Putnam/ Dougherty family genealogy

Welcome to my family history blog.

In 1985 my sister and I started planning our parents 50th Wedding Anniversary. I decided I wanted to honor them and the families that came together through their marriage to create our family. After the anniversary my sister wanted to join in what had become for me an exciting hobby.
We decided that she would take the paternal line and I would concentrate on the maternal line. It’s been 29 years and be have both learned a lot.
2014 is going to be the year I get truly organized. While I’m working on the stacks that need purging, filed, or organized I thought I would tell the stories that I have found during my searching. Hopefully my sister will take turns with me and share the stories of the ancestors she has met during this process.

Ada Richmal Heap

Ada Richmal Heap

Story 1       John Lyle Dougherty
John Lyle is our maternal great grandfather. Our grandmother…….
This is already complicated. Maybe I should actually start with the cast of characters

Simple Tree

Simple Tree

Grandma Dougherty was a very large character while we were growing up. Grandma & Grandpa Dougherty did not live close but we (my sister & I) spent a month or so with them every summer until we were teenagers. Grandma was good at telling us stories. Often these stories were about her family (the Heap’s) that lived back on Staten Island in New York.

The Heap Family

The Heap Family

The Heap Family Home May 1914 - Staten Island New York

The Heap Family Home May 1914 – Staten Island New York# 1 story

“My mothers family are the Booth’s,” she reminded us,” and we are not only related to the man that shot Abraham Lincoln (John Wilkes Booth) but to the man himself.”
She went on to say that she had a cousin that came from England to attend the wedding of a cousin (or niece) of Mr. Lincoln. This information is just one of those tidbits that I never forgot and when I started this search I wanted to prove. Well in all my searching I have never found any connection to either man.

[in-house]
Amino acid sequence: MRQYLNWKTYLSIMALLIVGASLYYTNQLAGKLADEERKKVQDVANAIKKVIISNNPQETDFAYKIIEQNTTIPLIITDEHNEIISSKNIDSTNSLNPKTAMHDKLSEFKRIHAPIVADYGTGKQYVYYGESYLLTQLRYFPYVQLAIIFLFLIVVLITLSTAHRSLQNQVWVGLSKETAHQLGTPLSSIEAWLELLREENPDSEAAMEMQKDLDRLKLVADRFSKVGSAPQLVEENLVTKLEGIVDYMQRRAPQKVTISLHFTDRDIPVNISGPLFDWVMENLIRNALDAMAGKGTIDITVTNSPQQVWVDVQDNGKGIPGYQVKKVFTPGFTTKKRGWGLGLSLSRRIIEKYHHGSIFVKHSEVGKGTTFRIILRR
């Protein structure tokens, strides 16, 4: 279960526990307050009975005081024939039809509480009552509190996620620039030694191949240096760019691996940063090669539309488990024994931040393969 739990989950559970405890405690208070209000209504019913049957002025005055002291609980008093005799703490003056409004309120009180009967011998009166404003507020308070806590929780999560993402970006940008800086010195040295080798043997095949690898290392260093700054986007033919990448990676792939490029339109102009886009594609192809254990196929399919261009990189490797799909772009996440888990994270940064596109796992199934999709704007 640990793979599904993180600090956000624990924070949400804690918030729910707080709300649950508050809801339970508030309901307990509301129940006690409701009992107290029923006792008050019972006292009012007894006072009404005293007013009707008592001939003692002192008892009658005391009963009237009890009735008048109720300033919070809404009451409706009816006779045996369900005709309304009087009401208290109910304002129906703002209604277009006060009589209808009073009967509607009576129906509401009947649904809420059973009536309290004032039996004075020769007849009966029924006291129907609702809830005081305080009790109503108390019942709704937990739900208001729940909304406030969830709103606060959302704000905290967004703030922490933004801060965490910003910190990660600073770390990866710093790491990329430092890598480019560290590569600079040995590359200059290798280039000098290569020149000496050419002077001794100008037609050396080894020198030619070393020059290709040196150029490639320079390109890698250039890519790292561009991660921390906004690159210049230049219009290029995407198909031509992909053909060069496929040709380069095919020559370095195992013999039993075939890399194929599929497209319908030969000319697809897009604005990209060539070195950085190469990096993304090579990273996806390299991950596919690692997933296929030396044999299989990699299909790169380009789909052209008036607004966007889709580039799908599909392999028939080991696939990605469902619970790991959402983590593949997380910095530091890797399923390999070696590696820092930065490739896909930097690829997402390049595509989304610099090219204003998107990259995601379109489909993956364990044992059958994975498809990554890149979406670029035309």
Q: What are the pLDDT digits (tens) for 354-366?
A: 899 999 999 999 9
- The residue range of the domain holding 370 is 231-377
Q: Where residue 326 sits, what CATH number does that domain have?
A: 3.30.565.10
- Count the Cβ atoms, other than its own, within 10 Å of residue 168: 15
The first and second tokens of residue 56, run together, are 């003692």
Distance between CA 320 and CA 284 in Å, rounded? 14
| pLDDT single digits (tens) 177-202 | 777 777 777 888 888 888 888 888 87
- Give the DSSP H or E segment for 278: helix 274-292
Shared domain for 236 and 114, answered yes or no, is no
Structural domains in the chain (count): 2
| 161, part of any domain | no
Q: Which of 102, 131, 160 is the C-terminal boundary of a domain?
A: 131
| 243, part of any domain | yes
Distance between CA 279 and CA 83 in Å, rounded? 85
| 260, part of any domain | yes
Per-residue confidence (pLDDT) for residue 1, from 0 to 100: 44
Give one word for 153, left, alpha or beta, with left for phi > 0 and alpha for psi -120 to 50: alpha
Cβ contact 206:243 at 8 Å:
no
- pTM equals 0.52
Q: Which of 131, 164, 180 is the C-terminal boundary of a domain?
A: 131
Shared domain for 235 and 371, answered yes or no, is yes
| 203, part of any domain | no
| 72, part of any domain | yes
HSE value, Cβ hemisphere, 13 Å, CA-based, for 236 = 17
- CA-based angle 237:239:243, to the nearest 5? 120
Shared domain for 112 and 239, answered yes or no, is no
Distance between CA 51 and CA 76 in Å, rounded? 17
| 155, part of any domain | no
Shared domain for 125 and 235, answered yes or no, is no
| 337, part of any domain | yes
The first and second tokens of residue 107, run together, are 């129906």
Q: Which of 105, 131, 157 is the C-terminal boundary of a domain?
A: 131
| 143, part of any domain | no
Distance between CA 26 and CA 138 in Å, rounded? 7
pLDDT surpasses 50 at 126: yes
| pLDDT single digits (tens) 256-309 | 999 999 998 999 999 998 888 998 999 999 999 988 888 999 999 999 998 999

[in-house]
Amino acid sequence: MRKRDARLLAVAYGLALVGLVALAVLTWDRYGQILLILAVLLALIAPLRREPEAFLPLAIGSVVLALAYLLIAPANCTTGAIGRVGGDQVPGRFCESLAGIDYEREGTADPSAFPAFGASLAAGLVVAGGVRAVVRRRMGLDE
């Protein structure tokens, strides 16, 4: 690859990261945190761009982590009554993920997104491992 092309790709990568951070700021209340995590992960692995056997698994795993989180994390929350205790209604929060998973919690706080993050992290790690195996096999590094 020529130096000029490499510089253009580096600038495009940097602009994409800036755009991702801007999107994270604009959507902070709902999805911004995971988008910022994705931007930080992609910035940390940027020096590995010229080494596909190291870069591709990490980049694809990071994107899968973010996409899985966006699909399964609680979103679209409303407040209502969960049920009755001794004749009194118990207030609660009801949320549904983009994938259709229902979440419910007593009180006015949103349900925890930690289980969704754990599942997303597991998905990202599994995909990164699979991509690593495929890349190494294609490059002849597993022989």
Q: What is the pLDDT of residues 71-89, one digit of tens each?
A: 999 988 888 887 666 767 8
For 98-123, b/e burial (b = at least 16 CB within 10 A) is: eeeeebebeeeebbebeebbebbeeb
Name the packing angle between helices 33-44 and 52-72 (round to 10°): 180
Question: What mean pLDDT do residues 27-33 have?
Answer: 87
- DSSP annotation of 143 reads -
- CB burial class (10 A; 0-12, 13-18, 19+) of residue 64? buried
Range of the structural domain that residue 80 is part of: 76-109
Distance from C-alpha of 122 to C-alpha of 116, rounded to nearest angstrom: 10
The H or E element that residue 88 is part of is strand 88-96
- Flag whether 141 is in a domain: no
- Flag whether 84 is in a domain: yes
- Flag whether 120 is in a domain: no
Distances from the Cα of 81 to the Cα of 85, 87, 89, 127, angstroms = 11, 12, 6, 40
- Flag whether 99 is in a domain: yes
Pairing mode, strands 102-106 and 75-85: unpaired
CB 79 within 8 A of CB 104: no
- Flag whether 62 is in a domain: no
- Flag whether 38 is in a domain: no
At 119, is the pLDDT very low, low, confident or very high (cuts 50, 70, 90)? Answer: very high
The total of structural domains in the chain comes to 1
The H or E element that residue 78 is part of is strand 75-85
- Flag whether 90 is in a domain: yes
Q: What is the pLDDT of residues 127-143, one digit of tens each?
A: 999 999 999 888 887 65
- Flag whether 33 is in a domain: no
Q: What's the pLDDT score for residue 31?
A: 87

Abraham Lincoln

Abraham Lincoln

John Wilkes Booth

John Wilkes Booth

Story #2

My grandmother went to the Salvation Army thrift store at least once while we were visiting each summer. She always wore white gloves, and a hat, a lady of her era.

JE Dougherty & Ada R. Dougherty

She would rummage through the stacks of clothing looking for sweaters that she could use the yarn from to make her hooked rugs. She was a true recycler. She had the rugs she made throughout her home and we all had one at one time or other. I loved them. She would then go through all the silverware looking for true ‘silver’ ware. And last she would look at all the dishes looking for hand painted china and she also looked for “good pieces’ of crystal. When grandma got home the first thing she did was dump all the silver and dishes she had bought into hot soapy water and then take off her gloves and wash the gloves in the same soapy water. My collections and my sister’s collections include some of her finds.

Story #3
“You know about the Booths, did you know that the founder of the Salvation Army was one of our relatives.” This was an explanation of why she always went to the Salvation Army thrift story, better known to all of us in the family as the ‘U know where!’
I do not know who coined the term but my money’s on grandma.

William Booth

William Booth

My search to verify a connection to William Booth founder of the Salvation Army has again produced nothing.

Return next week to find out about the civil war connection


Comments on: "52 Ancestors: #1 Getting Started" (8)

  1. Great Start!


  2. Sherri (Dougherty) Brooks said:

    Pop (Ron Dougherty) sent me the link to your blog. This has been fun to read and very interesting. I look forward to reading more!


  3. Very fun to read! Thank you for doing this. What a way to get to our next Generations!!


  4. Great Ada, I have been fascinated over the years how my siblings and remember different things. For instance if I were writing this I would say we went to the “u know where” every weeks during the summer months we were thereAlso I do not remember her washing those white gloves along with all the silverware. I do remember unraveling all that yarn and rewinding into balls


  5. […] – “Getting Started” (Ada Richmal Heap) on Putnam […]


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